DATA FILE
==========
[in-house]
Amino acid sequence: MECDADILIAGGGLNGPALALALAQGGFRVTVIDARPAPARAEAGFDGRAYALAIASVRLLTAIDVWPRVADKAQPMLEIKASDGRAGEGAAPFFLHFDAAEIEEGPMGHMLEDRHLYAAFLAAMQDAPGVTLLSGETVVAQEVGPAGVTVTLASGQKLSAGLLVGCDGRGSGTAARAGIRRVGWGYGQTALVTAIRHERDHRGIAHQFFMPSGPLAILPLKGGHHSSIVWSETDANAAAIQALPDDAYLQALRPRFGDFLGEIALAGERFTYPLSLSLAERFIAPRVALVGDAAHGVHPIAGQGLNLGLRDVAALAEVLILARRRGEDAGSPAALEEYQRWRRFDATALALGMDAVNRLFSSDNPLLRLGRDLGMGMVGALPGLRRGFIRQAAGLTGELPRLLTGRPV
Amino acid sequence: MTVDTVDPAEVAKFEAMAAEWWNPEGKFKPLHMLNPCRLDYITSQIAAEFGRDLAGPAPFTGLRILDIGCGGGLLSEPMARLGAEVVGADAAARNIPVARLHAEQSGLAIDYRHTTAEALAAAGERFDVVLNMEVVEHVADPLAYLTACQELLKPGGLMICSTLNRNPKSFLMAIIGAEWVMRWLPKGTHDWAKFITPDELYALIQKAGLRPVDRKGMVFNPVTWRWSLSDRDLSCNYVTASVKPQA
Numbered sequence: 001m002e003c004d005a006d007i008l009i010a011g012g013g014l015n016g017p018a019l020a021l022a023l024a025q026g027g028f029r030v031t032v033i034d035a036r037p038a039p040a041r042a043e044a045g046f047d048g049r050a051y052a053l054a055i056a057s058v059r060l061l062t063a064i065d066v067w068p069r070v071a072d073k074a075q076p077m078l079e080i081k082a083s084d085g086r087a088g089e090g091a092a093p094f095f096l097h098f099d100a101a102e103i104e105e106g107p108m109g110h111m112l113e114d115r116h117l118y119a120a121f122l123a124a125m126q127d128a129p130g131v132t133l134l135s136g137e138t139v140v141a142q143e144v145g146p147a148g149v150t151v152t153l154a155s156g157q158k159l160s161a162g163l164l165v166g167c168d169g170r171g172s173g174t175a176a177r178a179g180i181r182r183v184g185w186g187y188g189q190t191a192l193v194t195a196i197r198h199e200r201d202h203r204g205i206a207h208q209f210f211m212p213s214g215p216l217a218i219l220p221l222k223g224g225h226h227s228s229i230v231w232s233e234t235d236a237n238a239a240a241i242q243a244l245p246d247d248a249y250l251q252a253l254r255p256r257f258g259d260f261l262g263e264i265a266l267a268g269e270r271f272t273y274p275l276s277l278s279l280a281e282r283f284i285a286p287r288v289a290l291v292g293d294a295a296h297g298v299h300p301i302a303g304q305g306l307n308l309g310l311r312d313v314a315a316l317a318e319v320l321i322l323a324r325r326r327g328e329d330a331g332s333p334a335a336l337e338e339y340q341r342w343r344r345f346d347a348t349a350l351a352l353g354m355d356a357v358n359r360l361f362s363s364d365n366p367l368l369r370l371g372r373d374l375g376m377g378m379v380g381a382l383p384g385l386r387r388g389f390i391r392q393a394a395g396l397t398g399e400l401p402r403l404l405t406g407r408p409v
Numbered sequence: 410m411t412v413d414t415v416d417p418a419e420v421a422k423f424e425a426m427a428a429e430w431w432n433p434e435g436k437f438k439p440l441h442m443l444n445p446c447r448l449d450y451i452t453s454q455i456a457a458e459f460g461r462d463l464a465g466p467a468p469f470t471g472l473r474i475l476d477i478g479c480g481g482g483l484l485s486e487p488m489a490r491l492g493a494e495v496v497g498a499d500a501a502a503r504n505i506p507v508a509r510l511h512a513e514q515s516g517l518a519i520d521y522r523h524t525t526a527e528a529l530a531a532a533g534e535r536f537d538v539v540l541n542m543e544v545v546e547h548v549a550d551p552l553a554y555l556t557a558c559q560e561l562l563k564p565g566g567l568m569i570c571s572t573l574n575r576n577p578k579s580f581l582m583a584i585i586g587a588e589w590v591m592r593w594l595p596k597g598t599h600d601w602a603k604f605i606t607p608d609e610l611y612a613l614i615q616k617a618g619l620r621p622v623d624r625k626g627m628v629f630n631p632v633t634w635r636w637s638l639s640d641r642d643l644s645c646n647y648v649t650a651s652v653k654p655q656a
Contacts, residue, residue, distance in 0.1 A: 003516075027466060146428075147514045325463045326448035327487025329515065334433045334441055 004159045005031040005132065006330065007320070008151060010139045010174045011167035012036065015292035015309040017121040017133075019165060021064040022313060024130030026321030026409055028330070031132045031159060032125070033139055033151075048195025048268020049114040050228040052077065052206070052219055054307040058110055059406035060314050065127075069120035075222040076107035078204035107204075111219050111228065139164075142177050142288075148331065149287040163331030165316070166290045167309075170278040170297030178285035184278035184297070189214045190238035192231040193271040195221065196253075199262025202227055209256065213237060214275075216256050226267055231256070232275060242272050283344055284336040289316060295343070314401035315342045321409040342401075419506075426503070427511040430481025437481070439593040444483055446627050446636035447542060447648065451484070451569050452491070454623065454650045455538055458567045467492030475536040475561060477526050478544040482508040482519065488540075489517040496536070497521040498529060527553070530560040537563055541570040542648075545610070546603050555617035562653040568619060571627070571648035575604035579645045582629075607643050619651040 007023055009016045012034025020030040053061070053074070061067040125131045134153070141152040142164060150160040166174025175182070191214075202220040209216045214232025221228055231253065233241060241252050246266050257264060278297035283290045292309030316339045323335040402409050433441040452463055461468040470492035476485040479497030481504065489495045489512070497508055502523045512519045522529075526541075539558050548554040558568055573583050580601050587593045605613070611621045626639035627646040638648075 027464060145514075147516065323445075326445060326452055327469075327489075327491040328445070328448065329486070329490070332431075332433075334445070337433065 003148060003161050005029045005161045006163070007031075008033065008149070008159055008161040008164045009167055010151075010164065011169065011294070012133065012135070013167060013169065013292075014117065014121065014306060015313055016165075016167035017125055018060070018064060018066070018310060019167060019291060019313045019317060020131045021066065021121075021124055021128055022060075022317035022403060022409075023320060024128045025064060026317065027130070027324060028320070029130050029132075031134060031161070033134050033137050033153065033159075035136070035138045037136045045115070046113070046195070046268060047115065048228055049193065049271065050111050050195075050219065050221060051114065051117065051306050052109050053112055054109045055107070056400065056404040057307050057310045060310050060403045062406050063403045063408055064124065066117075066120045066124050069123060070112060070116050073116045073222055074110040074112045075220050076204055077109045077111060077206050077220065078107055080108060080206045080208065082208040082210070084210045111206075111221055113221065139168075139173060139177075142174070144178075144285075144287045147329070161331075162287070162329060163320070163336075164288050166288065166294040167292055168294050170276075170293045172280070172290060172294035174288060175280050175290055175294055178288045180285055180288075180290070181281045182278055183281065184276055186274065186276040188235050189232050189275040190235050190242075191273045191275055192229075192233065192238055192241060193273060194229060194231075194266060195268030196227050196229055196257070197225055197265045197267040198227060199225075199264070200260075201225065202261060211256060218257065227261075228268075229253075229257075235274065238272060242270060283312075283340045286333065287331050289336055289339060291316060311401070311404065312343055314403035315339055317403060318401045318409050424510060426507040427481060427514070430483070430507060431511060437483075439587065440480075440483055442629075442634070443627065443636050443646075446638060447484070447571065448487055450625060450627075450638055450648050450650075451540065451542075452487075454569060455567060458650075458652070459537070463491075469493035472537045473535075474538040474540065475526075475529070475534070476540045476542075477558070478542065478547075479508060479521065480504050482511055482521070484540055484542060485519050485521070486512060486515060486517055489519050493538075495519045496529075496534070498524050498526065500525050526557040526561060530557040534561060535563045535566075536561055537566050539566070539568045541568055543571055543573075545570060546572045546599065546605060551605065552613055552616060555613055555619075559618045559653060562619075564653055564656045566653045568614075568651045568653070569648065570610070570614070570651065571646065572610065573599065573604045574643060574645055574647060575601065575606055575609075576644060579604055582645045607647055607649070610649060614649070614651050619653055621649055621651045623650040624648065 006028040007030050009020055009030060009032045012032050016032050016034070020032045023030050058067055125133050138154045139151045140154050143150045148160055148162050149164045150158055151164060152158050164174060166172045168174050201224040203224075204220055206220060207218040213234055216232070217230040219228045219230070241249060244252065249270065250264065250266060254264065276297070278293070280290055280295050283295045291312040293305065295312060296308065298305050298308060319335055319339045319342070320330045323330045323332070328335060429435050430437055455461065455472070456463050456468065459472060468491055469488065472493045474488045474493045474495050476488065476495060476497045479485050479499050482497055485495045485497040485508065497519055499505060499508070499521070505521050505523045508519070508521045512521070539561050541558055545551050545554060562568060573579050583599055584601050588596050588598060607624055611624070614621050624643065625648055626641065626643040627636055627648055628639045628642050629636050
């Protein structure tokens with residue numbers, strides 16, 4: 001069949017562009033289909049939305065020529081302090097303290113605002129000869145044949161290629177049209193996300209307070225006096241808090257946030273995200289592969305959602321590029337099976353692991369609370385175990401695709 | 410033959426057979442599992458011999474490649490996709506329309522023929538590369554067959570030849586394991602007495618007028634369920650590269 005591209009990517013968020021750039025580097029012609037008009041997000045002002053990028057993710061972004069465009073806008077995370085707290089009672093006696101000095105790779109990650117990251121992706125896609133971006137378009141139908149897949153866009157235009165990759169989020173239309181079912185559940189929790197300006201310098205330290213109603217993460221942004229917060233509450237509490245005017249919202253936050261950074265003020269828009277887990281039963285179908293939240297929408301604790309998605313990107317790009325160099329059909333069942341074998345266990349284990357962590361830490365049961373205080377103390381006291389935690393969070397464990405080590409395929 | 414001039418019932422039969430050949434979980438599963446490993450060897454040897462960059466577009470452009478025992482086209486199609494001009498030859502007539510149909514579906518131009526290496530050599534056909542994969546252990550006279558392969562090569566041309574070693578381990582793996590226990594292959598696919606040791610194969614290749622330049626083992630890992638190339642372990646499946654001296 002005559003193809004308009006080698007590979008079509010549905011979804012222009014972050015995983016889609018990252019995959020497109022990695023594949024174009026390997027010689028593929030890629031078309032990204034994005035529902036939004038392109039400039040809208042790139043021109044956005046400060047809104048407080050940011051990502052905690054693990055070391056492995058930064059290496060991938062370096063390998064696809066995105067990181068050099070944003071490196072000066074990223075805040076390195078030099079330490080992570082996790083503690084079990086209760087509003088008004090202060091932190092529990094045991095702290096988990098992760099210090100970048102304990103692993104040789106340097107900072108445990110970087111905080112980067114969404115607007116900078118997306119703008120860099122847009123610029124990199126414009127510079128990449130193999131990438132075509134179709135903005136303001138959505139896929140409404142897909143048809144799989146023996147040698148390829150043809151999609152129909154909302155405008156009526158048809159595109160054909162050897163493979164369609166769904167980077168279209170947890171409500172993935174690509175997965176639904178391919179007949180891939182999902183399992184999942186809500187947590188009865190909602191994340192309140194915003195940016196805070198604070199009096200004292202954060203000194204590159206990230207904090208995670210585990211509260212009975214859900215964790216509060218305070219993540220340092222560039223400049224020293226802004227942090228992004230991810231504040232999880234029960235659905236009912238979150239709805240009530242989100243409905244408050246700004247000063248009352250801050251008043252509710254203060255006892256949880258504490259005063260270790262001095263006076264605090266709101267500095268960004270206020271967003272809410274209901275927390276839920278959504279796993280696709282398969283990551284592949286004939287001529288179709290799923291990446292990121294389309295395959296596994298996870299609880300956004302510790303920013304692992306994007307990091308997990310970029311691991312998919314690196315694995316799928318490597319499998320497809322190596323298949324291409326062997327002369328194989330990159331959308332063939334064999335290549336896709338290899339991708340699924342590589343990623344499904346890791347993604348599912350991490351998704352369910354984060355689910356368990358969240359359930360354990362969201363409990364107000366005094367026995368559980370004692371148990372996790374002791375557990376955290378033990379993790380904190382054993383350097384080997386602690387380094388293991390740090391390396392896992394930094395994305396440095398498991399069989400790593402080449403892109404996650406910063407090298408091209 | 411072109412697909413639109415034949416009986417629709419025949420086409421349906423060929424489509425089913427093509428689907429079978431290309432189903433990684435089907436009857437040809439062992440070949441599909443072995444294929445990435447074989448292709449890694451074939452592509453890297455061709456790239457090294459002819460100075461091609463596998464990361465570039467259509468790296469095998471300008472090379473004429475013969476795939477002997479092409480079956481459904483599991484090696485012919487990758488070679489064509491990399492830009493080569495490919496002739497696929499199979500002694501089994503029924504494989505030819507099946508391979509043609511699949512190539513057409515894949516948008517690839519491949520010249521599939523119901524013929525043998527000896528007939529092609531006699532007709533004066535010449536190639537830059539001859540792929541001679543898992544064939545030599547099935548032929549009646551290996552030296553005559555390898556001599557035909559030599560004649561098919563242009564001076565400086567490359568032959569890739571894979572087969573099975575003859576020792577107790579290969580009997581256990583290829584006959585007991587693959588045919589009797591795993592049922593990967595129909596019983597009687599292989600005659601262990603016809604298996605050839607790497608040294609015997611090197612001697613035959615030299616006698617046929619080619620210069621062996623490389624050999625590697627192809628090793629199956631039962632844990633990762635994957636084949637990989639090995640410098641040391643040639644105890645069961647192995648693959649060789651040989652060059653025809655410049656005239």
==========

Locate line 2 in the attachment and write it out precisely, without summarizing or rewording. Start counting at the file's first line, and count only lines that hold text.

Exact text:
Amino acid sequence: MECDADILIAGGGLNGPALALALAQGGFRVTVIDARPAPARAEAGFDGRAYALAIASVRLLTAIDVWPRVADKAQPMLEIKASDGRAGEGAAPFFLHFDAAEIEEGPMGHMLEDRHLYAAFLAAMQDAPGVTLLSGETVVAQEVGPAGVTVTLASGQKLSAGLLVGCDGRGSGTAARAGIRRVGWGYGQTALVTAIRHERDHRGIAHQFFMPSGPLAILPLKGGHHSSIVWSETDANAAAIQALPDDAYLQALRPRFGDFLGEIALAGERFTYPLSLSLAERFIAPRVALVGDAAHGVHPIAGQGLNLGLRDVAALAEVLILARRRGEDAGSPAALEEYQRWRRFDATALALGMDAVNRLFSSDNPLLRLGRDLGMGMVGALPGLRRGFIRQAAGLTGELPRLLTGRPV